There are other tumor types—hepatocellular carcinoma, renal cell carcinoma—where those data seem to be playing out, and they’re similar glandular-type tumors. That’s one thing I think we need to continue to look at and explore. I’m excited that we completed that study relatively quickly, and I was happy to be part of it. Eric Sherman, MD, brought up on an NCI [National Cancer Institute] conference call that BRAF inhibition will upregulate ERBB3, so using drugs like lenvatinib in combination with BRAF inhibitors, which is a great idea to look at, especially in a population such as the tall cells and these papillary cancers in general that have BRAF expression more so than some of these other targeted mutations that we’ve discussed today. I think those are areas that need to be looked at as we move forward. 

Something that hasn’t been discussed so much compared to renal cancer and some of the others is sequencing. We have second-line data with lenvatinib from SELECT, but that’s the only study where we do have data. We do say that we would give somebody else a multikinase inhibitor when they fail, outside of having a targeted mutation, but we don’t know what the exact sequencing is. Maybe it is the use of things like immunotherapy, but sequencing is an area that should be explored, so that we can set up options for patients instead of using what we think is the right regimen.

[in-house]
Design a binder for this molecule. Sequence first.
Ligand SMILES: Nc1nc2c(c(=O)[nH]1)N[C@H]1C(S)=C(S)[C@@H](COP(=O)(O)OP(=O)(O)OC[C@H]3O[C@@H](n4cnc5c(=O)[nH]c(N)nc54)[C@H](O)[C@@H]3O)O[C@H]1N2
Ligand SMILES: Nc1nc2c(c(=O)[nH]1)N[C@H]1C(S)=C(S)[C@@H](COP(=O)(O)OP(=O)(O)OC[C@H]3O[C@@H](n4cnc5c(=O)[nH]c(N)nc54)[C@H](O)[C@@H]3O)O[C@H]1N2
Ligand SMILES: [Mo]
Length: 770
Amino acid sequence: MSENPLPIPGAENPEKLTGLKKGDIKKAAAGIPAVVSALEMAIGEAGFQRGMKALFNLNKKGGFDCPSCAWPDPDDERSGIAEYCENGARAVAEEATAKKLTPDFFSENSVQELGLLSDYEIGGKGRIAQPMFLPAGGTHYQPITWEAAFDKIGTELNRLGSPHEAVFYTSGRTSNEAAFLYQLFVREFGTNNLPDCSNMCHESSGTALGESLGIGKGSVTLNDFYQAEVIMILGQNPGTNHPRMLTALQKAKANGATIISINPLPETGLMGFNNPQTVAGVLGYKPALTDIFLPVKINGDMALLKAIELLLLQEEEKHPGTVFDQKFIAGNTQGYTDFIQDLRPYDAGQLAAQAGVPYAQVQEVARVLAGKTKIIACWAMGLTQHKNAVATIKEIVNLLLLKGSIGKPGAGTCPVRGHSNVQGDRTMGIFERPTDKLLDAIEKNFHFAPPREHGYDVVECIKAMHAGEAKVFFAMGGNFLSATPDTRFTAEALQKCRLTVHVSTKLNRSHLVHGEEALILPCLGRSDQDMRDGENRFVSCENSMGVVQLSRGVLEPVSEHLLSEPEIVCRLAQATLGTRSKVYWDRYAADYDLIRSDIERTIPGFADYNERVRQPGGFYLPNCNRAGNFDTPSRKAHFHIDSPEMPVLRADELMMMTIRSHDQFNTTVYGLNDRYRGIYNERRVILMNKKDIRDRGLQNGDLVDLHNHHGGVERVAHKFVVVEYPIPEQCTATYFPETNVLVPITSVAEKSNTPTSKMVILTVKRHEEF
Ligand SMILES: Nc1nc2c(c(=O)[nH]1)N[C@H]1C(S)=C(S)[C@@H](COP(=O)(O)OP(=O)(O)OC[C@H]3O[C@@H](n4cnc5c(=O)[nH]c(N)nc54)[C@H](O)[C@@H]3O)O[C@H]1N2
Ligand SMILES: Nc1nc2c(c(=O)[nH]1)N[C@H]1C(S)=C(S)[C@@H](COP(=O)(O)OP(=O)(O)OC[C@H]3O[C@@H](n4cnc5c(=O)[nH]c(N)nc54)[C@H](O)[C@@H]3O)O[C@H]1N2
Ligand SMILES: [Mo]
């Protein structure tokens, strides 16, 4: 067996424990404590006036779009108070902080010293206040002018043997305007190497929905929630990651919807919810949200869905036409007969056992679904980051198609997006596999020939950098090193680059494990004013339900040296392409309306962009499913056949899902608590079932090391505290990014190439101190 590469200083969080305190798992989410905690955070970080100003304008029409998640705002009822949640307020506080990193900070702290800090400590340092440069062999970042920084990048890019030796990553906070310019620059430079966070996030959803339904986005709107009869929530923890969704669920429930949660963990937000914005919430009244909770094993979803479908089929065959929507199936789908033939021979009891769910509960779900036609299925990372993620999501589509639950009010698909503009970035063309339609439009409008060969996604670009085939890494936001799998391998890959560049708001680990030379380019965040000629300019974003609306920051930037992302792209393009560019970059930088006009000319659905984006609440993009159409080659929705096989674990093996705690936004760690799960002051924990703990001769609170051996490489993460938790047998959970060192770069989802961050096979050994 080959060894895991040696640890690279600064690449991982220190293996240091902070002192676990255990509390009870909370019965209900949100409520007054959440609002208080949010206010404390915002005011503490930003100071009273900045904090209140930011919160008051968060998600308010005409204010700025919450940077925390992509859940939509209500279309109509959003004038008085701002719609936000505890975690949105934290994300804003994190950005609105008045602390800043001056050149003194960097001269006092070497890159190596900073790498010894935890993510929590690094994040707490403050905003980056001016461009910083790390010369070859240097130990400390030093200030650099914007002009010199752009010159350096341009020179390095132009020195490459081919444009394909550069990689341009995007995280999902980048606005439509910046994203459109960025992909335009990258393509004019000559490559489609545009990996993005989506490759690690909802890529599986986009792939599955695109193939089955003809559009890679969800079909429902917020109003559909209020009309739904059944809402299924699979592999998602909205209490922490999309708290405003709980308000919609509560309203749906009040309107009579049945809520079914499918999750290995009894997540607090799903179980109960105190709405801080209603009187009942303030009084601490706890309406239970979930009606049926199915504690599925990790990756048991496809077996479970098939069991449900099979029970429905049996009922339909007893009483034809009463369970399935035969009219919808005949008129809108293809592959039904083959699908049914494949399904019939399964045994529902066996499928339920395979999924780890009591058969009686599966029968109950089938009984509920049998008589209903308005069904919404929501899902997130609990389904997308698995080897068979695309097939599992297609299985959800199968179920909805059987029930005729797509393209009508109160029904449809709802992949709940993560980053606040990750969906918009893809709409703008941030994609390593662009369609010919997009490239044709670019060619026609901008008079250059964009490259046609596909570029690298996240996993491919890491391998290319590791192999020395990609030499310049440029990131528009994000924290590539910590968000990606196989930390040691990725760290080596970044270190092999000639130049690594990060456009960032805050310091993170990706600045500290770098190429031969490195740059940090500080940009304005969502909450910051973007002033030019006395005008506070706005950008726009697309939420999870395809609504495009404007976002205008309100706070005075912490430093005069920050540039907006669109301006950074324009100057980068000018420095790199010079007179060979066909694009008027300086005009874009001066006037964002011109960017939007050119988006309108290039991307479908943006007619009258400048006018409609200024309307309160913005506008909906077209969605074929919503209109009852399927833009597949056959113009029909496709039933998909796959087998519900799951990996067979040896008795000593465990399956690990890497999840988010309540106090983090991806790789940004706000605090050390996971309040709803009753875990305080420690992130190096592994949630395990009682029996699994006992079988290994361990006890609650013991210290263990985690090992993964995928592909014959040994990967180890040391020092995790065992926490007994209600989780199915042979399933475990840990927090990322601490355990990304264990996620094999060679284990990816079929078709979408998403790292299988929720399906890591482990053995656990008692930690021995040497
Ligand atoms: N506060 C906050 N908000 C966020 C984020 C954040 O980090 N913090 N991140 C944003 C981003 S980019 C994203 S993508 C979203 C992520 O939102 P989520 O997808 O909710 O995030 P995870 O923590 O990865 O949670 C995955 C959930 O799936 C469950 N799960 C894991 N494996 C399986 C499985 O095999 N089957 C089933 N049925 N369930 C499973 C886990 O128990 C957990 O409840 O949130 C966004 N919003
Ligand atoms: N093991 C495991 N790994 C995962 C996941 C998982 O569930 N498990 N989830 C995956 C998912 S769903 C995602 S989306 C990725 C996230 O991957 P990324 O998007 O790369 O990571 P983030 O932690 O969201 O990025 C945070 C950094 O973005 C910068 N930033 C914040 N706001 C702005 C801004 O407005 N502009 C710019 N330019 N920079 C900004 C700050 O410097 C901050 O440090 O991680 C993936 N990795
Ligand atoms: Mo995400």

We didn’t really talk about cabozantinib today, but that shows some promising data in the second-line setting, too. There’s an ongoing study of cabozantinib in the second-line setting, so there's a lot of exciting things that still need to be done. Again, looking at starting and stopping these TKIs [tyrosine kinase inhibitors] and then seeing what breaks we can take to make patients feel better without losing efficacy would be something else I think we need to explore. Those are some of the things that come to mind when I think about that question.

Lori J. Wirth, MD: I’m glad that you commented on Eric Sherman’s interest in studying BRAF and ERBB3, especially because BRAF is the most common driver alteration that we see in thyroid cancer. We can do better than dabrafenib plus or minus trametinib, or vemurafenib plus or minus cobimetinib in patients with thyroid cancer. For whatever reason, they just don’t do as well as the patients with melanoma, yet that alteration is there. The other major unmet need is approaching the patients who have RAS-driven tumors. Again, it should be druggable.

Frank Worden, MD: I know. Well, at our center there’s a medical therapeutic study that’s opening for RAS, HRAS, and some of the other drivers. I’m excited to see if we can see something in a patient who has a KRAS or NRAS mutation. 

Lori J. Wirth, MD: Great. Well, if you do let me know. I want to open a trial, too.